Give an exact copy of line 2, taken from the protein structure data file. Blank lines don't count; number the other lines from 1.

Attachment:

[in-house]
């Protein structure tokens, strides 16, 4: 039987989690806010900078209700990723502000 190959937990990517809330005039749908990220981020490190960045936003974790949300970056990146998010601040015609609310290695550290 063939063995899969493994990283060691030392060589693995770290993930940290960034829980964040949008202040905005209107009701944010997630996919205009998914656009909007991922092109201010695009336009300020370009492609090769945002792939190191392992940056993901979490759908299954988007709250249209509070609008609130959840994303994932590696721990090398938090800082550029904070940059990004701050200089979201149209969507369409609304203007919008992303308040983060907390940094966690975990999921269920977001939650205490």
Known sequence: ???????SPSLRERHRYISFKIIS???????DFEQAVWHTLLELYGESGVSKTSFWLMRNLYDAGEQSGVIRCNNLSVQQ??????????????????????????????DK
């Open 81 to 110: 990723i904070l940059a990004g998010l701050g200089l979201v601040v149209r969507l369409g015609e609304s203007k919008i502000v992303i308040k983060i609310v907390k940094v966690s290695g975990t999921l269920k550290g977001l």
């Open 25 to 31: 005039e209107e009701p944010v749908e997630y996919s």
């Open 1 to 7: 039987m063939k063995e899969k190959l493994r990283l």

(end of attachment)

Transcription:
């Protein structure tokens, strides 16, 4: 039987989690806010900078209700990723502000 190959937990990517809330005039749908990220981020490190960045936003974790949300970056990146998010601040015609609310290695550290 063939063995899969493994990283060691030392060589693995770290993930940290960034829980964040949008202040905005209107009701944010997630996919205009998914656009909007991922092109201010695009336009300020370009492609090769945002792939190191392992940056993901979490759908299954988007709250249209509070609008609130959840994303994932590696721990090398938090800082550029904070940059990004701050200089979201149209969507369409609304203007919008992303308040983060907390940094966690975990999921269920977001939650205490």